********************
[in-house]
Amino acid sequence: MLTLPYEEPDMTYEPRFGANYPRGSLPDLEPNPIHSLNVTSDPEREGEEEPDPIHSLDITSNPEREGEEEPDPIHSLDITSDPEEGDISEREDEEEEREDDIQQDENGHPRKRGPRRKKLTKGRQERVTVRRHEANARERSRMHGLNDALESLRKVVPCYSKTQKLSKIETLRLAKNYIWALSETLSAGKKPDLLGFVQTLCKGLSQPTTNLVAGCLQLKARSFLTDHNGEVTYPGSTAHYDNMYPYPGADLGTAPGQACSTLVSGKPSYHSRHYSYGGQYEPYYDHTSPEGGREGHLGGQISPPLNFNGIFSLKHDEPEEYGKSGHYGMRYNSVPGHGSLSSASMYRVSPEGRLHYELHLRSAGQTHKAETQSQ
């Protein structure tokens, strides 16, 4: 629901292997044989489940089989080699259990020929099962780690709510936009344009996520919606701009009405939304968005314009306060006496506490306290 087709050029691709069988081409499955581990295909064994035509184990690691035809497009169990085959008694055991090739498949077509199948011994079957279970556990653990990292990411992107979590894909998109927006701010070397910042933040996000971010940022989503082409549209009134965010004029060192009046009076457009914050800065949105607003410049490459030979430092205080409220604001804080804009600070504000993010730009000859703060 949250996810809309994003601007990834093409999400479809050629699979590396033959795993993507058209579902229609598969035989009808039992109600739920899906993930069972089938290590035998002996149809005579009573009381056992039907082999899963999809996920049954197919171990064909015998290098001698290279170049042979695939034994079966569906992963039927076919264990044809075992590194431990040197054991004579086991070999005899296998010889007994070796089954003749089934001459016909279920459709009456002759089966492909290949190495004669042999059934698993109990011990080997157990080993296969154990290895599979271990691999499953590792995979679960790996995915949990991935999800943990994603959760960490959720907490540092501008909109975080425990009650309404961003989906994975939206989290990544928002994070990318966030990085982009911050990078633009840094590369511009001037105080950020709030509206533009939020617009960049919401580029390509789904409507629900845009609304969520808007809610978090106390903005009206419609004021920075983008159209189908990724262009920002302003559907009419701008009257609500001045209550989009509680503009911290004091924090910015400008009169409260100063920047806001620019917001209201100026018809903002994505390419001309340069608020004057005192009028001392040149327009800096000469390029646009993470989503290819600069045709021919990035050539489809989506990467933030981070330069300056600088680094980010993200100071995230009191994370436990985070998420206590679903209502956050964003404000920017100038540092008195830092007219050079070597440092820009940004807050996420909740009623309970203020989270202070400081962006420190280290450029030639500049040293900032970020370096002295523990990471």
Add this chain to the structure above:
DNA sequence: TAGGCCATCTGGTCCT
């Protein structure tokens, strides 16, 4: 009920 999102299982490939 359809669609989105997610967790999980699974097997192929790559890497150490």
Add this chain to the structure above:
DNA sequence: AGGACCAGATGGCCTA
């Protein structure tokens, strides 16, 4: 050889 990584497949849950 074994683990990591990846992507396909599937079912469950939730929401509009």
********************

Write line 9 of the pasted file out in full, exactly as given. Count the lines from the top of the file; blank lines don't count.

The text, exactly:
């Protein structure tokens, strides 16, 4: 050889 990584497949849950 074994683990990591990846992507396909599937079912469950939730929401509009």